In consequence, the rights and liberties of citizens have often been trampled upon or taken away. The press has always been one of the semi-official avenues for individuals and groups to cry out for succour and attention.

A free press is also the most potent tool in the struggle for the sustenance of free speech  and expression in society. If the press is chained, certainly, the right of free expression by groups and individuals will suffer. The press provides the rights forum for the articulation of the views of other persons and groups other than the government’s.

A free press is also a helpful instrument in the necessary and positive task of criticising government programmes and policies, and formulating alternatives. Positive criticism, as some refer to it, has become a hallmark of the modern state. The task of leadership and formulating ideas is no longer restricted to the three arms of government.

The press rightly sees itself as the ‘Fourth Estate’ that has the genuine role to play in the art of governance. Such a role for the press is fundamentally premised on the articulation of workable alternatives.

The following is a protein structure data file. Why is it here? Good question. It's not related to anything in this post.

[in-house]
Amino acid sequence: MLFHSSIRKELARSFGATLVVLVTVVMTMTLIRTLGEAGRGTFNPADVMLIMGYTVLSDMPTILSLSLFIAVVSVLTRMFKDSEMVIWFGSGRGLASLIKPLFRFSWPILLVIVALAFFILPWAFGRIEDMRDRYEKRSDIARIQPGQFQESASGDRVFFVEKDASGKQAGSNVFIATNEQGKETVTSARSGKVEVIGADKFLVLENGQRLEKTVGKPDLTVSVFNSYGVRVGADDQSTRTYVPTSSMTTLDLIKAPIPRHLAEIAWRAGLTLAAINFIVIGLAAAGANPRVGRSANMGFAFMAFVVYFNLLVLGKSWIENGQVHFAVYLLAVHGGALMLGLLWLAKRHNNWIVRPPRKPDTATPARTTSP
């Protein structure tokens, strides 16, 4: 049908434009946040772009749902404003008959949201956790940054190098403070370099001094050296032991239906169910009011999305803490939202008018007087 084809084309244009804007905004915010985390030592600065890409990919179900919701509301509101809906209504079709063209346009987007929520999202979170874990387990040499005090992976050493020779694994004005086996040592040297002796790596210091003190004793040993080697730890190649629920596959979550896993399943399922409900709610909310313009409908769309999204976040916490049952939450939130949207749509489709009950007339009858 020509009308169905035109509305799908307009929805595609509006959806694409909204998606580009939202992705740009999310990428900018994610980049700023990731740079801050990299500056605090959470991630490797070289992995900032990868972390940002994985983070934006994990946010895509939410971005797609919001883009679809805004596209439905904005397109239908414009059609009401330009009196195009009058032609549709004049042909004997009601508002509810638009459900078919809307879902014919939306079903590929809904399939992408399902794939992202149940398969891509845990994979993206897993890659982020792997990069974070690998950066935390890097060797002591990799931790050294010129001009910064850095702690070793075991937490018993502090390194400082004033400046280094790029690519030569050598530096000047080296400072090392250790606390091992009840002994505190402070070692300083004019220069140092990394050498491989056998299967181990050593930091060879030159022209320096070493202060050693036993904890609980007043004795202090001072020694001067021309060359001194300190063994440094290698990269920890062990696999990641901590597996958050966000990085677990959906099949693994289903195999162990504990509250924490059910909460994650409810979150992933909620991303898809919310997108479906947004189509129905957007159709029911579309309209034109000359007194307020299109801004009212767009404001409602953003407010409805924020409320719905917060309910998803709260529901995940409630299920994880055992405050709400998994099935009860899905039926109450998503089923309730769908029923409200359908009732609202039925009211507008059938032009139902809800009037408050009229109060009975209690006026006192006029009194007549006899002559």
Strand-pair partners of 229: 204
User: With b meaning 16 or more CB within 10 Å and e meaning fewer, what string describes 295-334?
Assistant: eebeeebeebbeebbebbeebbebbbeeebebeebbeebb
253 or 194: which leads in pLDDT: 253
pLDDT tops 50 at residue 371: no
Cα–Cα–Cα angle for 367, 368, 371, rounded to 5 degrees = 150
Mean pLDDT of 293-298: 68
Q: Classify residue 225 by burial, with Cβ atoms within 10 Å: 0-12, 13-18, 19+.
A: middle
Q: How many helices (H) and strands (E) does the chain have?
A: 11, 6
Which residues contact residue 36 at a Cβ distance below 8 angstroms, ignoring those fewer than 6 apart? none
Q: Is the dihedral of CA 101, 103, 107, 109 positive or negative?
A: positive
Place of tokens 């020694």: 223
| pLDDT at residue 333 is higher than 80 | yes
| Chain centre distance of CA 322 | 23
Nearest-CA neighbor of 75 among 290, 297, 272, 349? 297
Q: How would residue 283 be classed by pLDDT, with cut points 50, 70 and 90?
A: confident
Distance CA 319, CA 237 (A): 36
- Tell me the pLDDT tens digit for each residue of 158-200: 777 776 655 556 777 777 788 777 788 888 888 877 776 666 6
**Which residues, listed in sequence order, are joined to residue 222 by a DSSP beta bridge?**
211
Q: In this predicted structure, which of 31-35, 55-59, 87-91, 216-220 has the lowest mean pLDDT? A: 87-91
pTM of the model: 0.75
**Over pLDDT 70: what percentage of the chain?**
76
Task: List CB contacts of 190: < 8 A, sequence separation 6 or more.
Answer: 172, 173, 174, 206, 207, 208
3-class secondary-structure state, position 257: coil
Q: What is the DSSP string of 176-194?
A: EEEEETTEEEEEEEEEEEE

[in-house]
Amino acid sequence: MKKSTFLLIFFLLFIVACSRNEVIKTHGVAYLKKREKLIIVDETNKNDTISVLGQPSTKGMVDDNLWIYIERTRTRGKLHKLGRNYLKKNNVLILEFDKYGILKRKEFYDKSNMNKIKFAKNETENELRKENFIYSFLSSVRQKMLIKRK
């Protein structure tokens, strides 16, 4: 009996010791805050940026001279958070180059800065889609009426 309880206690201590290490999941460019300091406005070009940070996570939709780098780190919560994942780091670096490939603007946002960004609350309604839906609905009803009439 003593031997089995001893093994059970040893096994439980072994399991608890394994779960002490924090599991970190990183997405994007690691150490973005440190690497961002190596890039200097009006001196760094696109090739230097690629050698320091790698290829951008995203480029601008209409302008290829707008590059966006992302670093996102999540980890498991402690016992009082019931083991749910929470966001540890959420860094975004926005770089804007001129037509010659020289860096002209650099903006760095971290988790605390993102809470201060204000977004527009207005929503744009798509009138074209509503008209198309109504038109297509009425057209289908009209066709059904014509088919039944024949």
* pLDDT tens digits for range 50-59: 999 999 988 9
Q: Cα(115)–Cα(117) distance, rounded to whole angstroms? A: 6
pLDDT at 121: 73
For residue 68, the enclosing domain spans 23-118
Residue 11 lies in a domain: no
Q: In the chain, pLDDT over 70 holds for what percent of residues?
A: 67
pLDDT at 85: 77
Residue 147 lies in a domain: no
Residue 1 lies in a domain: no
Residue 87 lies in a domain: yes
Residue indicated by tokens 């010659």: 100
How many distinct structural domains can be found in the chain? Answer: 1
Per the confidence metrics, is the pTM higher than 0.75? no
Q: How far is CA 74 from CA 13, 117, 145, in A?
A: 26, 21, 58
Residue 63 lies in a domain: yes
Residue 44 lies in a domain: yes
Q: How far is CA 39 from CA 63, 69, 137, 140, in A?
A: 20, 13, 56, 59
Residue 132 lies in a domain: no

The dissemination of information to the public is also a pivotal role of the press in society. While the press may not create the news, it does disseminate information about the society, government and about other societies.

The press also offers a good courts or platforms for the resolution of grievances and misunderstandings. There are columns for the articulation of personal views in the newspapers. Paid adverts are also available while reactions to other views may also be freely expressed.

Editorial pages also frequently attempt to critically assess to resolve socio economic, and political chalenges.

The press is also often at the frontline in the moulding of public opinions and reactions. By virtue of their training, exposure and experience, they are in positions to sensitize the public and mould their opinions on various issues.